Letter to Nancy Pelosi, House Speaker; Kevin Mc Carthy, House Minority Leader; Mitch Mc Connell, Senate Majority Leader; and Chuck Schumer, Senate Minority Leader - Representative TJ Cox Leads Letter Urging Congressional Leadership to Invest in Rural Stem Education


Dear Speaker Pelosi, Leader McCarthy, Leader McConnell and Leader Schumer:

As we consider further legislation to mitigate the educational disruptions and long-term
economic impacts of the COVID-19 pandemic, especially in rural areas, we urge you to consider
a robust investment in Science, Technology, Engineering, and Math (STEM) school

A robust investment in STEM education is needed to support the tens of millions of students and
teachers using distance learning. Furthermore, economic recovery will require significant
additional federal resources to put people back to work and lay the foundation for future growth
and prosperity. A robust investment in STEM education will create jobs and promote economic
development. We strongly recommend that any future emergency or recovery plan include
investment in STEM infrastructure for several reasons specific to this crisis, including:

● Distance learning: Better outfitting schools and communities with technology for STEM
teaching will help educators and students using distance learning now and during future
crises. Schools that operate without computers because they lack broadband or devices
are struggling with distance learning for lack of practice and equipment. Additionally, if a
school lacks broadband access, it is unlikely that the community it serves has access
either. The ability to provide live instruction and the success rate in communicating with
students remotely are negatively impacted with such technology gaps. The pandemic
exacerbates the inequities that already affect public school students from low-income
and/or rural backgrounds, to long-term detriment.1 Not only do they harm students, they
also strain STEM teachers facing the challenges and unfamiliar territory of online
teaching without adequate training resources, who already experience staffing shortages.
● Local jobs: If the economy continues its downward turn, and millions remain out of
work, infrastructure projects to improve or construct STEM labs and facilities will help
fill the need for local jobs. Investing in STEM teachers amplifies the effort to incubate local economies and prepare students for the workforce, as research shows they have key
roles to play in engaging students in science and supporting student outcomes.
● Relevant workforce preparation: This pandemic has exposed and worsened our
existing workforce gaps and created new ones. Healthcare is a growing career and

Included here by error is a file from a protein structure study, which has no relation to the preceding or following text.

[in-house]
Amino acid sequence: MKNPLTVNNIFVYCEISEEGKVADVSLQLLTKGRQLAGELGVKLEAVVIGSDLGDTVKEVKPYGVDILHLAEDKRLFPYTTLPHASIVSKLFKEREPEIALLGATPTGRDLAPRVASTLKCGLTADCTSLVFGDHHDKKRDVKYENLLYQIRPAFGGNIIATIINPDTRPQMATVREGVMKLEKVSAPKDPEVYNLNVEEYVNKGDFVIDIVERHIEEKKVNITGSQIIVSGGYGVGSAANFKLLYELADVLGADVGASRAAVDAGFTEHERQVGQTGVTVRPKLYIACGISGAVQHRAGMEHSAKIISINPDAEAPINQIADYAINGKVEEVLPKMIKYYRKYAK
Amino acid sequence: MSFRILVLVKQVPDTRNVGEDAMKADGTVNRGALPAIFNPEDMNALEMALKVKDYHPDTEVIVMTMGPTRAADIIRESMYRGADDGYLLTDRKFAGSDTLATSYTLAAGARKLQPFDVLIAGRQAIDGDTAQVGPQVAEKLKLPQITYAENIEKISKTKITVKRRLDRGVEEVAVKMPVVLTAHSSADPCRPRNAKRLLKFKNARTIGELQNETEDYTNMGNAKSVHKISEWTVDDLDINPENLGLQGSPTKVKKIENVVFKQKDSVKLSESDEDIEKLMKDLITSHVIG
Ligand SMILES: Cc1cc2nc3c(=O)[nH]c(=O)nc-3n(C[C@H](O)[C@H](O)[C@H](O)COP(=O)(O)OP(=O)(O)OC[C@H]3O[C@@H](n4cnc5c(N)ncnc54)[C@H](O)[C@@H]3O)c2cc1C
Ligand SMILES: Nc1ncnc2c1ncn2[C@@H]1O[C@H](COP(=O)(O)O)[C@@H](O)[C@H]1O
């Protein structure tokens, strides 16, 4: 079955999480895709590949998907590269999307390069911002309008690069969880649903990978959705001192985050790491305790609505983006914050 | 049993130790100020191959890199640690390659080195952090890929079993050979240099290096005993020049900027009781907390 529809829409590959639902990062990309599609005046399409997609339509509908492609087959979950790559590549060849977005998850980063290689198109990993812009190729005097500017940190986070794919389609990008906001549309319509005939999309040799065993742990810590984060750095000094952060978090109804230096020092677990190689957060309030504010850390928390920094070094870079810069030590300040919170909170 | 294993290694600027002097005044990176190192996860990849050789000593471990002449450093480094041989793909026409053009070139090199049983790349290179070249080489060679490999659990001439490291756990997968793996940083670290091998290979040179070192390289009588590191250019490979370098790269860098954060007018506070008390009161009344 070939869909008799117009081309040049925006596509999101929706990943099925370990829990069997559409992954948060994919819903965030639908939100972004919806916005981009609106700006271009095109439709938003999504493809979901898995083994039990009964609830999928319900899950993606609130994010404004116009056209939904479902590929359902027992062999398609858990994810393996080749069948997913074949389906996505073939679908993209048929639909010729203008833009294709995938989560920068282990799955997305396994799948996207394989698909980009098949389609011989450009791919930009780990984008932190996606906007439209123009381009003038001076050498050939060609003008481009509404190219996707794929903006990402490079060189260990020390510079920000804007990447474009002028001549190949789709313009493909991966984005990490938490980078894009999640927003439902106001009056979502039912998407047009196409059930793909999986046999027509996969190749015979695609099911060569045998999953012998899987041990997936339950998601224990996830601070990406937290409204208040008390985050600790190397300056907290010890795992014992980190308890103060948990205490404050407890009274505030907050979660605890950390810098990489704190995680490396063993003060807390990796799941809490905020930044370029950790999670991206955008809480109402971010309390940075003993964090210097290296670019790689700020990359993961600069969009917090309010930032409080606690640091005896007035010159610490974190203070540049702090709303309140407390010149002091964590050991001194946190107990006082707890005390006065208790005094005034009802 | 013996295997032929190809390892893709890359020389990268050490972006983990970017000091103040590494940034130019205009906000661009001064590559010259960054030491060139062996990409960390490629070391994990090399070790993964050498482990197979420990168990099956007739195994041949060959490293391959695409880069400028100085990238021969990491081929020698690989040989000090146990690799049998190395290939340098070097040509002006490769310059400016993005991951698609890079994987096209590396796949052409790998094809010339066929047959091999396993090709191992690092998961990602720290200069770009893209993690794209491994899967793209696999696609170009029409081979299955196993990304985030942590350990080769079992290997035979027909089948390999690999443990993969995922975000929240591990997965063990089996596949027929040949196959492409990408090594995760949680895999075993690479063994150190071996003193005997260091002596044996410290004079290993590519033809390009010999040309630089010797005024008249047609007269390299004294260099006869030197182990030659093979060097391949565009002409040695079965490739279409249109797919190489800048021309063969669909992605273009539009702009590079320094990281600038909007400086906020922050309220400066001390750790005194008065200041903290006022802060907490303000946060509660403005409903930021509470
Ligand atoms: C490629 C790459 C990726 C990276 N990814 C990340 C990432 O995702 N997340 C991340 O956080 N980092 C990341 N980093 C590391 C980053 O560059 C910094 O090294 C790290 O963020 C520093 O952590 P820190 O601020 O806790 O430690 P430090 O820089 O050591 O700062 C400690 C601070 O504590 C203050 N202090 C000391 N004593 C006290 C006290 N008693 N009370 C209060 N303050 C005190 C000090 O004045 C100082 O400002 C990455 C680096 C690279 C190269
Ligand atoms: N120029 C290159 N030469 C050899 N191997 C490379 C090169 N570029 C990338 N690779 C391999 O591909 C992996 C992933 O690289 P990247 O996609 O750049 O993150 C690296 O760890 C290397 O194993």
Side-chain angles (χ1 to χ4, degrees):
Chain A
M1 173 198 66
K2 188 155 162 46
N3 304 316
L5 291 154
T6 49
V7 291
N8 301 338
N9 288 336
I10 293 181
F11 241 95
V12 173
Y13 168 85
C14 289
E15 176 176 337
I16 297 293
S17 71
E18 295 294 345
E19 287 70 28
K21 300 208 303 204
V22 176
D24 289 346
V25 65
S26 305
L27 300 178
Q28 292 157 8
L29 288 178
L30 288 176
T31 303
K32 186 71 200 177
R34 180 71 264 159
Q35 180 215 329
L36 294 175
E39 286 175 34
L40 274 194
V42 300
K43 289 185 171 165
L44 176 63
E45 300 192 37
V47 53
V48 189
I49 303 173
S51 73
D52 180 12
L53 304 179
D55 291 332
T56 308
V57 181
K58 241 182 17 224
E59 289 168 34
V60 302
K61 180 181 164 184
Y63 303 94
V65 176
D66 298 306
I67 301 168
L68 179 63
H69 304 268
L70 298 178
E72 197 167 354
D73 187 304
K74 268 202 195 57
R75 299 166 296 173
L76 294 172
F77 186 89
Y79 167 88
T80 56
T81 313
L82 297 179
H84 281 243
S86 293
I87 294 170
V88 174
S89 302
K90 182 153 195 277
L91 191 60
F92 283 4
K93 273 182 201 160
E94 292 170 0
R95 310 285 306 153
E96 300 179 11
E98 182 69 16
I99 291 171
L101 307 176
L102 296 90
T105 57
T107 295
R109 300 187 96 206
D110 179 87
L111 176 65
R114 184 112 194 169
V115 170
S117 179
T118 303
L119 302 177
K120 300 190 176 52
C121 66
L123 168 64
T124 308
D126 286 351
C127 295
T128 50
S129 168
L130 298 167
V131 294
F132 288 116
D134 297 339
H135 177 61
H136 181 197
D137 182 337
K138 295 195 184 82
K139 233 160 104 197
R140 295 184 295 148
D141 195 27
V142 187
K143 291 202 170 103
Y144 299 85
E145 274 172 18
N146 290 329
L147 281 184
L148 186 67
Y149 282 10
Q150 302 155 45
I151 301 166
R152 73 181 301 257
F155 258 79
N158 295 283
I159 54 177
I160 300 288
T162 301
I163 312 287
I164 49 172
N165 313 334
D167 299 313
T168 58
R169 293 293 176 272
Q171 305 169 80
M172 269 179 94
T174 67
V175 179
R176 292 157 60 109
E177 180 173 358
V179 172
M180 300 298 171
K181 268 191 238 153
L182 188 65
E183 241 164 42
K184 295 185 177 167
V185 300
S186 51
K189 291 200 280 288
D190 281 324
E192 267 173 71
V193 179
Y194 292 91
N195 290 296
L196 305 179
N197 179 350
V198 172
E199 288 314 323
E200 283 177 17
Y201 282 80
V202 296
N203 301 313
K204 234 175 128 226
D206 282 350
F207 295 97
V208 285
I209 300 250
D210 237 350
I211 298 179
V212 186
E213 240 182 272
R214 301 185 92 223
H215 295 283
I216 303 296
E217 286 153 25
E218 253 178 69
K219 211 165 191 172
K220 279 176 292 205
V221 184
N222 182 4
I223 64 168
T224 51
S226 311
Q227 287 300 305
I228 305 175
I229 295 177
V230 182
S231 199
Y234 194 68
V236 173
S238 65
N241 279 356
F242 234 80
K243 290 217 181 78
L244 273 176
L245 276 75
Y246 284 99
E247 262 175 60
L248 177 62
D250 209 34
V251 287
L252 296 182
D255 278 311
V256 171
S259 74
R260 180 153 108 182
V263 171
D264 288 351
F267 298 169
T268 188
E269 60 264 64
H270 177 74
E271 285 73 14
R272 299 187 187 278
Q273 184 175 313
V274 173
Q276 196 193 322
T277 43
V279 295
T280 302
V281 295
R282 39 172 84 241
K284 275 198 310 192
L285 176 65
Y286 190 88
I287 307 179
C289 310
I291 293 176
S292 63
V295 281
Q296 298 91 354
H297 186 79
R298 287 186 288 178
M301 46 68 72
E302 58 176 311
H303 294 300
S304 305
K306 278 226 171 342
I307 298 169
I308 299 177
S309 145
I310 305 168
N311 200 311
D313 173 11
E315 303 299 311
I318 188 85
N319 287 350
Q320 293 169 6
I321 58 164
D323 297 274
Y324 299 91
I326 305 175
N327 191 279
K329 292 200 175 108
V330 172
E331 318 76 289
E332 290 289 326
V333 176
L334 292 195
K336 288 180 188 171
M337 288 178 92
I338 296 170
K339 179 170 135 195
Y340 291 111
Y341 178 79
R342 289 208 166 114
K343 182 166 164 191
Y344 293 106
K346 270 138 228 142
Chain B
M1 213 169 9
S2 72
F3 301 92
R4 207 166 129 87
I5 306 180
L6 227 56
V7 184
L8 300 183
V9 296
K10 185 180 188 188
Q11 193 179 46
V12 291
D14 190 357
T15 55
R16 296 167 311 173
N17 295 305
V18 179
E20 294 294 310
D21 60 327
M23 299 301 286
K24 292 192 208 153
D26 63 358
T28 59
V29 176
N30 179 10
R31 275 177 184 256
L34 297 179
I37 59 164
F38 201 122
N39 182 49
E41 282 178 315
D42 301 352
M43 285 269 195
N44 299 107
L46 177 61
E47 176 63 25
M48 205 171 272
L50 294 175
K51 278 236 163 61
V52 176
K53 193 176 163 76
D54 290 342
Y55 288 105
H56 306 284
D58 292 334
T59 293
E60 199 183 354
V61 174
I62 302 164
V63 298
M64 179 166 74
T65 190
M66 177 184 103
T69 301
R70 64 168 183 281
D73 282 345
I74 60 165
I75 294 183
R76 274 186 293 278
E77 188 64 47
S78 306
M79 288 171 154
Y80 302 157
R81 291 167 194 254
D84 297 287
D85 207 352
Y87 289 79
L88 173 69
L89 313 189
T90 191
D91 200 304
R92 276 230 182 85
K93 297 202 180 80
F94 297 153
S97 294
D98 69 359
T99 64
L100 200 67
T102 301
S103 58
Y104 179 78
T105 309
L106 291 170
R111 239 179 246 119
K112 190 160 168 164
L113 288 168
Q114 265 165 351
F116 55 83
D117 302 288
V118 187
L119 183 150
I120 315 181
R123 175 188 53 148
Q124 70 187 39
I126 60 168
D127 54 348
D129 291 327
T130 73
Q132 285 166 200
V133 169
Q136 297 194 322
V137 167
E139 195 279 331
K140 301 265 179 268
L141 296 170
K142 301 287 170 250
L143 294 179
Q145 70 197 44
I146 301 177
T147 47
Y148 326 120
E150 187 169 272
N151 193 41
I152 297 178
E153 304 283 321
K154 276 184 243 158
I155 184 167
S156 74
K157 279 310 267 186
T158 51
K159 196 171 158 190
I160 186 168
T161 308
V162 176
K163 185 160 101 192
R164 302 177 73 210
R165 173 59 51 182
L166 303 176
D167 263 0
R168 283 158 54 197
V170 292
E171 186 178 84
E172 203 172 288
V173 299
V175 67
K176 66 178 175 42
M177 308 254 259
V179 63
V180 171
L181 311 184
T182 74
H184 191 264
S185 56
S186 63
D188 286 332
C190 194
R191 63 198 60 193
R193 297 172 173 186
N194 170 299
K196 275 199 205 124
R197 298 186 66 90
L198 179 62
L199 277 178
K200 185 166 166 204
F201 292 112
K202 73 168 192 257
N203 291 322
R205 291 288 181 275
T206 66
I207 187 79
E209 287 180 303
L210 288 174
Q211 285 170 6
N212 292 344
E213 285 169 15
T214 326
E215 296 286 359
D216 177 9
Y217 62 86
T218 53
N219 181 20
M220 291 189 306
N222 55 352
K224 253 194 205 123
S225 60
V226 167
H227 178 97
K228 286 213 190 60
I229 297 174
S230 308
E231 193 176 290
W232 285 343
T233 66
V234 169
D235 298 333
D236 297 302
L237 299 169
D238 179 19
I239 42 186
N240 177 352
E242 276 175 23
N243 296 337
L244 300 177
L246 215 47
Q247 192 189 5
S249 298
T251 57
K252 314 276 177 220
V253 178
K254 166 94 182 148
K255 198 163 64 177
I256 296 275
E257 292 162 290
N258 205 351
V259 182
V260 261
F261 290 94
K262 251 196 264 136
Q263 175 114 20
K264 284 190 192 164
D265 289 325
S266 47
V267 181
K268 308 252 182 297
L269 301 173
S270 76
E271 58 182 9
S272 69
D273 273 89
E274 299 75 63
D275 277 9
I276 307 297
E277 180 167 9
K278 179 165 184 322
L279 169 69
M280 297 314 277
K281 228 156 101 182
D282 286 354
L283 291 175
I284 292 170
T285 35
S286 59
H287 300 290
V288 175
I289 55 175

technical field. During this crisis, the need for a robust healthcare workforce pipeline --
not to mention scientists who are developing cures or engineers who are helping track
cases -- has been made clear. Schools could use funds to better outfit labs and learning
environments to prepare students for these professions, like nursing.
● Recovery for rural communities: It is critical to support our rural and underserved
minority communities during and after this crisis. Supporting the modernization,
renovation, or repair of rural and underserved areas' career and technical education
facilities will enable schools to better serve their students now and into the future. More
than ever, the need to remodel or build new facilities to provide STEM classrooms and
laboratories and support high-speed internet is apparent. Federal investment in education
infrastructure projects will provide a stopgap and stimulus as state and local budgets
recover from the pandemic.

There are also entrenched, pre-existing reasons why we need additional investment in our rural
schools, including workforce gaps and the needs of public schools. It is estimated that more than
one third of rural Americans have little or no access to the internet.2 On top of that, over the past
decade, the growth in jobs requiring science, technology, engineering, and math (STEM) skills
was three times faster than growth in non-STEM jobs. A wide range of jobs across all sectors--
including manufacturing, agriculture, natural resources management, and health care--
increasingly call for significant STEM knowledge. However, there is a projected gap between
STEM jobs available and highly-skilled workers. The median age of United States schools is 65
years old, and we recognize that in order to provide an adequate STEM education, many of these
buildings will need investments and upgrades that include new technology, broadband access,
and laboratory spaces. Importantly, the condition of school facilities has a measurable effect on
student achievement. In the wake of the pandemic, lost taxes and revenue will force districts to
defer infrastructure improvements even further.

As you develop the next legislative package to support our recovery from the COVID-19 crisis,
we call on you to include an investment in school infrastructure, especially broadband, which
supports learning in and out of the classroom. We look forward to working with you to put our
nation on a path to recovery and renewed prosperity.